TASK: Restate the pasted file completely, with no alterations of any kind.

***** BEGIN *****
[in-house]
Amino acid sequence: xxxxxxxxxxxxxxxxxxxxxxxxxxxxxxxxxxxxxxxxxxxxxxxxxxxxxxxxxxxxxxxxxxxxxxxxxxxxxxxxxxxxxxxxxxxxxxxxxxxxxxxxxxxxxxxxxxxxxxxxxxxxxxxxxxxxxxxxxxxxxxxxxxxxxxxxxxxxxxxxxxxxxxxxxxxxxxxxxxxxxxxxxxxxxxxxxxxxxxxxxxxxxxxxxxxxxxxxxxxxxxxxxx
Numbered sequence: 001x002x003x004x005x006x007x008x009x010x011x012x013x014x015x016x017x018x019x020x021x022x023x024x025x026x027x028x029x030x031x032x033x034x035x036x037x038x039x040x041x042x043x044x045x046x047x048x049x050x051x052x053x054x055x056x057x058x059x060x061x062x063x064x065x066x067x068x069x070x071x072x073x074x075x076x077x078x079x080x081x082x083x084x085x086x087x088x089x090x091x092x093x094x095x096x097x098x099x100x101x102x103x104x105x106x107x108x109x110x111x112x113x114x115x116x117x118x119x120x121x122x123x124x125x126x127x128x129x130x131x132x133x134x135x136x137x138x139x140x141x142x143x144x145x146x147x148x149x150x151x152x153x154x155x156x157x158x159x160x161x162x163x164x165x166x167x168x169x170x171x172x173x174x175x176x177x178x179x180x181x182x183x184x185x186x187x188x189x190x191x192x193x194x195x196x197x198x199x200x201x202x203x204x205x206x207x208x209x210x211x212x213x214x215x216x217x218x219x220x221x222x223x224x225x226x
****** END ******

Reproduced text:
[in-house]
Amino acid sequence: xxxxxxxxxxxxxxxxxxxxxxxxxxxxxxxxxxxxxxxxxxxxxxxxxxxxxxxxxxxxxxxxxxxxxxxxxxxxxxxxxxxxxxxxxxxxxxxxxxxxxxxxxxxxxxxxxxxxxxxxxxxxxxxxxxxxxxxxxxxxxxxxxxxxxxxxxxxxxxxxxxxxxxxxxxxxxxxxxxxxxxxxxxxxxxxxxxxxxxxxxxxxxxxxxxxxxxxxxxxxxxxxxx
Numbered sequence: 001x002x003x004x005x006x007x008x009x010x011x012x013x014x015x016x017x018x019x020x021x022x023x024x025x026x027x028x029x030x031x032x033x034x035x036x037x038x039x040x041x042x043x044x045x046x047x048x049x050x051x052x053x054x055x056x057x058x059x060x061x062x063x064x065x066x067x068x069x070x071x072x073x074x075x076x077x078x079x080x081x082x083x084x085x086x087x088x089x090x091x092x093x094x095x096x097x098x099x100x101x102x103x104x105x106x107x108x109x110x111x112x113x114x115x116x117x118x119x120x121x122x123x124x125x126x127x128x129x130x131x132x133x134x135x136x137x138x139x140x141x142x143x144x145x146x147x148x149x150x151x152x153x154x155x156x157x158x159x160x161x162x163x164x165x166x167x168x169x170x171x172x173x174x175x176x177x178x179x180x181x182x183x184x185x186x187x188x189x190x191x192x193x194x195x196x197x198x199x200x201x202x203x204x205x206x207x208x209x210x211x212x213x214x215x216x217x218x219x220x221x222x223x224x225x226x